Good day for snowy owls: Delaware likes them, New York has decided not to shoot them
There’s an abundance of snowy owls on the East Coast right now, likely caused by a boom in lemmings. Snowy owls summer in the Arctic, where they gorge on lemmings, the News-Journal explains, and in years where lemmings are plentiful, so are owls. A larger owl population means it’s more likely for some to make their way this far south.
In Delaware, they’re just excited the owls are there. According to the News-Journal, there are “at least five … as many as seven” in the state.
In New York, however, the Port Authority is less excited and, in the past few days, shot three of the birds.
Who shoots an owl? Well, according to the Port Authority, it was really the owls who started it. Five planes in New York and New Jersey “were struck by snowy owls,” the New York Times reports. (Usually we like to think that it’s the massively bigger object — i.e. the plane — that strikes the smaller object — i.e. the rare owl.) So, the Port Authority decided it would shoot the birds before they could hurt the planes.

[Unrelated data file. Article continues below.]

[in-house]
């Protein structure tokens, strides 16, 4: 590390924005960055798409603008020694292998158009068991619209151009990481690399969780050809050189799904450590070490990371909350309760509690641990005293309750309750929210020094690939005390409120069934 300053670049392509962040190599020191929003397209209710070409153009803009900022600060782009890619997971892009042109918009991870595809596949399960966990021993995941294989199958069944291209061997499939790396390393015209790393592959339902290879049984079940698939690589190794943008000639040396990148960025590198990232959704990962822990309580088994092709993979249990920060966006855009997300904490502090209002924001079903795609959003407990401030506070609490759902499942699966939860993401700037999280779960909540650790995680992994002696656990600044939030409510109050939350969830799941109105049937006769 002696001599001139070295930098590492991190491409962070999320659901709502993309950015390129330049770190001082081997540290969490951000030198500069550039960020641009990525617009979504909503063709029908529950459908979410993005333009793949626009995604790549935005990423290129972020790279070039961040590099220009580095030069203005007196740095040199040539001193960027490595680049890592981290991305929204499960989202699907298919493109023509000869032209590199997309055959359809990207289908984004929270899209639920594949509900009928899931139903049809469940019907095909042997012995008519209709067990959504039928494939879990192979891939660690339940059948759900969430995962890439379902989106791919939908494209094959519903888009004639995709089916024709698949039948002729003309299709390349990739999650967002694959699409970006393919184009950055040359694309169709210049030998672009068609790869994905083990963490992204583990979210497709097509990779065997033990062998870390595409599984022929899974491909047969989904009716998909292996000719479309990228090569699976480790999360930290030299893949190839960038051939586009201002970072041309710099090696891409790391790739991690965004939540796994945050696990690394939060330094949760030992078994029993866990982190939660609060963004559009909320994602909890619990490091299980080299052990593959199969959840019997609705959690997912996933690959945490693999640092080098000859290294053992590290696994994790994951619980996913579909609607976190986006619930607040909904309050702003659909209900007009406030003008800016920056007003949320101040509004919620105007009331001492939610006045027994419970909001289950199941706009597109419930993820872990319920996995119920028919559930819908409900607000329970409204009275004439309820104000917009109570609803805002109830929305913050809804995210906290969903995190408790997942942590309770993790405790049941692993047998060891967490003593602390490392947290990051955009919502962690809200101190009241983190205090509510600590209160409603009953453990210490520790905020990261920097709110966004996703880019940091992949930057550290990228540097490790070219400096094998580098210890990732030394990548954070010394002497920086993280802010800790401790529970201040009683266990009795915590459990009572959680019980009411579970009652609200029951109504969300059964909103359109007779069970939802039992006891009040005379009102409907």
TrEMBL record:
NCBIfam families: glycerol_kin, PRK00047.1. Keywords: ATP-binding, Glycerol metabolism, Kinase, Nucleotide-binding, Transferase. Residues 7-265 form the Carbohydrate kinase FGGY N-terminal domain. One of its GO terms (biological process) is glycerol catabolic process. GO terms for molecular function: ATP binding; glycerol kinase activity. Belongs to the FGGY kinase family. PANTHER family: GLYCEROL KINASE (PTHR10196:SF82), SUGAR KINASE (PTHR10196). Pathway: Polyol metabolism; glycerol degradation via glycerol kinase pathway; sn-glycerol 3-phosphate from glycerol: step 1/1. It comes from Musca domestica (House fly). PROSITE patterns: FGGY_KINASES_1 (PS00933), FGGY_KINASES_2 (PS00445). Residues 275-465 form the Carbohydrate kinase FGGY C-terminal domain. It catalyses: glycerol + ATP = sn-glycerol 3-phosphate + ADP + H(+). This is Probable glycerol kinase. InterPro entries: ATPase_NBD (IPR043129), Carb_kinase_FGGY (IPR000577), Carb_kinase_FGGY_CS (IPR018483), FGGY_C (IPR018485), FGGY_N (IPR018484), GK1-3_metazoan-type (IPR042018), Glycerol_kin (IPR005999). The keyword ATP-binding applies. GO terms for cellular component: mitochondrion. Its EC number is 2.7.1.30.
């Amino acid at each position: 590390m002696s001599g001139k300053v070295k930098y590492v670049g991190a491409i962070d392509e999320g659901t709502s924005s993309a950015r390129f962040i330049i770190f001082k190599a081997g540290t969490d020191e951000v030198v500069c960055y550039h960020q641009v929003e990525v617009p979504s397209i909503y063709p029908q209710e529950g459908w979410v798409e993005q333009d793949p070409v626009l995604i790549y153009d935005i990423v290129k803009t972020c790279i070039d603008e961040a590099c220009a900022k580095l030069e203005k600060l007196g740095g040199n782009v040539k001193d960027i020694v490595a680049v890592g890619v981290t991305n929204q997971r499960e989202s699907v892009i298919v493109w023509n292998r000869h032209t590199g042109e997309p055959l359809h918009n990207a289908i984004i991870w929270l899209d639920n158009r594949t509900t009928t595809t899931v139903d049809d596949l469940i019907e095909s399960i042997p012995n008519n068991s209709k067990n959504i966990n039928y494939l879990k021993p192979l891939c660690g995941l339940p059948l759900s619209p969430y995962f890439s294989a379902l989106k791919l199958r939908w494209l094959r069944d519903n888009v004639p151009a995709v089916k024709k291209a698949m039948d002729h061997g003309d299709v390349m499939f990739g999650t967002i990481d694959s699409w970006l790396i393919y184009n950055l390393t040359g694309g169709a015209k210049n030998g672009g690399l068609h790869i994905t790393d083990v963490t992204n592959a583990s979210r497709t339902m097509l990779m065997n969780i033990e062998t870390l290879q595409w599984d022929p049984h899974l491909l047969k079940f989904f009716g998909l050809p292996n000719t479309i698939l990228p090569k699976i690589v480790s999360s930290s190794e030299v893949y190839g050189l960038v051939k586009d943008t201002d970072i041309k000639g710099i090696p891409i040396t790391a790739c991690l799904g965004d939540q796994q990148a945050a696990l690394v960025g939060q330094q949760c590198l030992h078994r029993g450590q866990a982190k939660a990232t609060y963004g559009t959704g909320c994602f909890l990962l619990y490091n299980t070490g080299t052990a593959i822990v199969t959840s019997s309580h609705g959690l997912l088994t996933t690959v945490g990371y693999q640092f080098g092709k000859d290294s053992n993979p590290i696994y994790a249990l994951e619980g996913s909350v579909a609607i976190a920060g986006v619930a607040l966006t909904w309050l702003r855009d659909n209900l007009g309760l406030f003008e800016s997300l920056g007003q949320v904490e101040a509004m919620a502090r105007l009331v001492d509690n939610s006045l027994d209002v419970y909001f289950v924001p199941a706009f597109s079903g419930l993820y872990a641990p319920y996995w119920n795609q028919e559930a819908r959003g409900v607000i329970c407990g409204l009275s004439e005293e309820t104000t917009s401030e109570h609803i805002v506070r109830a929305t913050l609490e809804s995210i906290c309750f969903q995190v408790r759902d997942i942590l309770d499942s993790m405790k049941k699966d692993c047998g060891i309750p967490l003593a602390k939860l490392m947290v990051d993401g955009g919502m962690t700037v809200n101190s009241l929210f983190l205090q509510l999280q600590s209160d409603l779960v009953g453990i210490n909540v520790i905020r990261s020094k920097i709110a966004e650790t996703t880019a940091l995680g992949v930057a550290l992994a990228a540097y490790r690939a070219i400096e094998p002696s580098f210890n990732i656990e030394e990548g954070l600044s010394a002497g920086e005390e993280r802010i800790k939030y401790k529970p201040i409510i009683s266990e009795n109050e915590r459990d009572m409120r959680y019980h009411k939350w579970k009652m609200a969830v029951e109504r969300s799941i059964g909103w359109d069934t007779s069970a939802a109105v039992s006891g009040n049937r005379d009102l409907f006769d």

In a turn of events that no one could have ever anticipated, people got upset when they found out about this. Now the Port Authority says it will trap the birds and relocate them to land in Long Island. We’d almost never say this under normal circumstances, but maybe snowy owls should consider the advantages of visiting Delaware.
Snowy owls' appearance in Delaware draws a flock of bird enthusiasts,
New York Daily News